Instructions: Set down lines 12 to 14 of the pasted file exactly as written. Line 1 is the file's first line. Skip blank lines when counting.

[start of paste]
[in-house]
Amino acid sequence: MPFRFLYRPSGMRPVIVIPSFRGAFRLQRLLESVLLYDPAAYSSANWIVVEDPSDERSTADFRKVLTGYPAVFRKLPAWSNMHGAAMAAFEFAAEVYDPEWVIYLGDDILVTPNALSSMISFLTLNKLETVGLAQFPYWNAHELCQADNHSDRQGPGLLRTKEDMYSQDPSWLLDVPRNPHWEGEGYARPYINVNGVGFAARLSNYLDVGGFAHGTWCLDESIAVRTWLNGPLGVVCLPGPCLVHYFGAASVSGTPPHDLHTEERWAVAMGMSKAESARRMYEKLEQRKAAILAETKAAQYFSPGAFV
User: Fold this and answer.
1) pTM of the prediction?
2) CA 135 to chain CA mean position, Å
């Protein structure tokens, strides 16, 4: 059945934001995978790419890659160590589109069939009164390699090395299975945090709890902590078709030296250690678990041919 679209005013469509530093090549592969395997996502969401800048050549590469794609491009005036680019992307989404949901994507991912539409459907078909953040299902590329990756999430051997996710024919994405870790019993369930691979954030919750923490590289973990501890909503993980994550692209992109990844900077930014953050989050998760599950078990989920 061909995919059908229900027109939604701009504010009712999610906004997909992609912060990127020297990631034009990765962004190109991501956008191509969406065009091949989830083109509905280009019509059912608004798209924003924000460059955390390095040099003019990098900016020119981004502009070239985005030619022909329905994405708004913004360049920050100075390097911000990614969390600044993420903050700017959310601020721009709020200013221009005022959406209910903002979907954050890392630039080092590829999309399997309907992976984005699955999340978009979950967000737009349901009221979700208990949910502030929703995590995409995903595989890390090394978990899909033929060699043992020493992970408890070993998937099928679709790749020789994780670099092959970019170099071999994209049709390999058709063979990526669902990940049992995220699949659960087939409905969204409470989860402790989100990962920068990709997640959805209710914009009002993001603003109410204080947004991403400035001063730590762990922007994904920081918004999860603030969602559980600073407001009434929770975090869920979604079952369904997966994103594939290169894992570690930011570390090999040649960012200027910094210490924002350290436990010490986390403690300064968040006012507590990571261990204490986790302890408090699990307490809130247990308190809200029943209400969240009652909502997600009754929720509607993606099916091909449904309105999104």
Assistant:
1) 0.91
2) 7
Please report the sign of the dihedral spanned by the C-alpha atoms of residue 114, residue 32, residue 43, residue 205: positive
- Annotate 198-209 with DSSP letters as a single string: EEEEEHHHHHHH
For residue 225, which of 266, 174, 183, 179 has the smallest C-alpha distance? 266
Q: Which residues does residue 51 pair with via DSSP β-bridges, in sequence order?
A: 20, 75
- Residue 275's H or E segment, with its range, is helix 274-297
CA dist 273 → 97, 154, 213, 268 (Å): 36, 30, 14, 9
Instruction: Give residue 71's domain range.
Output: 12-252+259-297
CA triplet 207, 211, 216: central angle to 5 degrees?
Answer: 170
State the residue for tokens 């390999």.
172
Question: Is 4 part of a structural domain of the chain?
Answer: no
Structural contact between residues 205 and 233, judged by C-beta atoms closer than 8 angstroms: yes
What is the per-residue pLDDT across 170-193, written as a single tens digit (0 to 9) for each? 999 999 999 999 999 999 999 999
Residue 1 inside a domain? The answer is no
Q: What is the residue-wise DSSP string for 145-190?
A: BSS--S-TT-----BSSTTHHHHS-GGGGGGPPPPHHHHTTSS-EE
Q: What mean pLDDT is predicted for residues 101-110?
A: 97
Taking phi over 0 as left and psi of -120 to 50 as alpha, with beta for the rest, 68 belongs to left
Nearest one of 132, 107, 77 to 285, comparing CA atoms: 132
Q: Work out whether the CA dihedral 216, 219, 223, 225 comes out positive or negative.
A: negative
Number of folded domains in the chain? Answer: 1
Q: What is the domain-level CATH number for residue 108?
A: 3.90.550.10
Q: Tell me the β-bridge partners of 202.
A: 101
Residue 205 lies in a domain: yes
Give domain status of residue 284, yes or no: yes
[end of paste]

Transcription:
For residue 225, which of 266, 174, 183, 179 has the smallest C-alpha distance? 266
Q: Which residues does residue 51 pair with via DSSP β-bridges, in sequence order?
A: 20, 75